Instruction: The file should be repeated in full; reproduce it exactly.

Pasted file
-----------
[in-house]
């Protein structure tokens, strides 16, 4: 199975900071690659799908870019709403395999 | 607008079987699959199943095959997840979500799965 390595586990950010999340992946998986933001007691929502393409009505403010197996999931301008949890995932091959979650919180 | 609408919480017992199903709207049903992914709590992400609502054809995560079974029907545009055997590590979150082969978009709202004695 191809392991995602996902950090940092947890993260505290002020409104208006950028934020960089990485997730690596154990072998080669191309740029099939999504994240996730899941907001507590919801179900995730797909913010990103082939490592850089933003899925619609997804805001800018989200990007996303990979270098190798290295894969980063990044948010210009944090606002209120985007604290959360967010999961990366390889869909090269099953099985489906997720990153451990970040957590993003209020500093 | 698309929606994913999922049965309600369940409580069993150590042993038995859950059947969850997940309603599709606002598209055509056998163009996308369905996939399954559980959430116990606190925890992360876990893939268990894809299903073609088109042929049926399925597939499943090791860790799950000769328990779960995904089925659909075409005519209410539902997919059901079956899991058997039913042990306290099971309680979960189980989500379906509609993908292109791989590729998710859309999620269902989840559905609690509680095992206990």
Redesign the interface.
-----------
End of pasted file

[in-house]
């Protein structure tokens, strides 16, 4: 199975900071690659799908870019709403395999 | 607008079987699959199943095959997840979500799965 390595586990950010999340992946998986933001007691929502393409009505403010197996999931301008949890995932091959979650919180 | 609408919480017992199903709207049903992914709590992400609502054809995560079974029907545009055997590590979150082969978009709202004695 191809392991995602996902950090940092947890993260505290002020409104208006950028934020960089990485997730690596154990072998080669191309740029099939999504994240996730899941907001507590919801179900995730797909913010990103082939490592850089933003899925619609997804805001800018989200990007996303990979270098190798290295894969980063990044948010210009944090606002209120985007604290959360967010999961990366390889869909090269099953099985489906997720990153451990970040957590993003209020500093 | 698309929606994913999922049965309600369940409580069993150590042993038995859950059947969850997940309603599709606002598209055509056998163009996308369905996939399954559980959430116990606190925890992360876990893939268990894809299903073609088109042929049926399925597939499943090791860790799950000769328990779960995904089925659909075409005519209410539902997919059901079956899991058997039913042990306290099971309680979960189980989500379906509609993908292109791989590729998710859309999620269902989840559905609690509680095992206990």
Redesign the interface.